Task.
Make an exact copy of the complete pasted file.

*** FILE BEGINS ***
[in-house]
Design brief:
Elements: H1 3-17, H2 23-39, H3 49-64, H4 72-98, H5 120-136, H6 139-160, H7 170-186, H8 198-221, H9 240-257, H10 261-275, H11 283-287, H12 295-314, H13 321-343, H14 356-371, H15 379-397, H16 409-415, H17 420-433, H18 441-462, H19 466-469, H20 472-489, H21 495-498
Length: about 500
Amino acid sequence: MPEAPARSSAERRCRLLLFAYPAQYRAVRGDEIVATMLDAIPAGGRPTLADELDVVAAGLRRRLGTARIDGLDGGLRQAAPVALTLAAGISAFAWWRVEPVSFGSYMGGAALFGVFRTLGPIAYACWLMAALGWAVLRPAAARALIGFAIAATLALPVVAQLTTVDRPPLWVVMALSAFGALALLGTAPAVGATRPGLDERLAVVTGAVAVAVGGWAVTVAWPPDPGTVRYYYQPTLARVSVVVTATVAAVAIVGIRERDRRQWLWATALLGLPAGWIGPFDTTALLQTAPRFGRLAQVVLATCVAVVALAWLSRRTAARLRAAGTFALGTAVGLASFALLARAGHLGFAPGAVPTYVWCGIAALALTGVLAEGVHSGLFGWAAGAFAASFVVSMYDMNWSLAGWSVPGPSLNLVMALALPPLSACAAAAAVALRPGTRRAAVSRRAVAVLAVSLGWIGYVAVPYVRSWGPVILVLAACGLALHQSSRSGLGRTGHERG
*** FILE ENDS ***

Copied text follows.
[in-house]
Design brief:
Elements: H1 3-17, H2 23-39, H3 49-64, H4 72-98, H5 120-136, H6 139-160, H7 170-186, H8 198-221, H9 240-257, H10 261-275, H11 283-287, H12 295-314, H13 321-343, H14 356-371, H15 379-397, H16 409-415, H17 420-433, H18 441-462, H19 466-469, H20 472-489, H21 495-498
Length: about 500
Amino acid sequence: MPEAPARSSAERRCRLLLFAYPAQYRAVRGDEIVATMLDAIPAGGRPTLADELDVVAAGLRRRLGTARIDGLDGGLRQAAPVALTLAAGISAFAWWRVEPVSFGSYMGGAALFGVFRTLGPIAYACWLMAALGWAVLRPAAARALIGFAIAATLALPVVAQLTTVDRPPLWVVMALSAFGALALLGTAPAVGATRPGLDERLAVVTGAVAVAVGGWAVTVAWPPDPGTVRYYYQPTLARVSVVVTATVAAVAIVGIRERDRRQWLWATALLGLPAGWIGPFDTTALLQTAPRFGRLAQVVLATCVAVVALAWLSRRTAARLRAAGTFALGTAVGLASFALLARAGHLGFAPGAVPTYVWCGIAALALTGVLAEGVHSGLFGWAAGAFAASFVVSMYDMNWSLAGWSVPGPSLNLVMALALPPLSACAAAAAVALRPGTRRAAVSRRAVAVLAVSLGWIGYVAVPYVRSWGPVILVLAACGLALHQSSRSGLGRTGHERG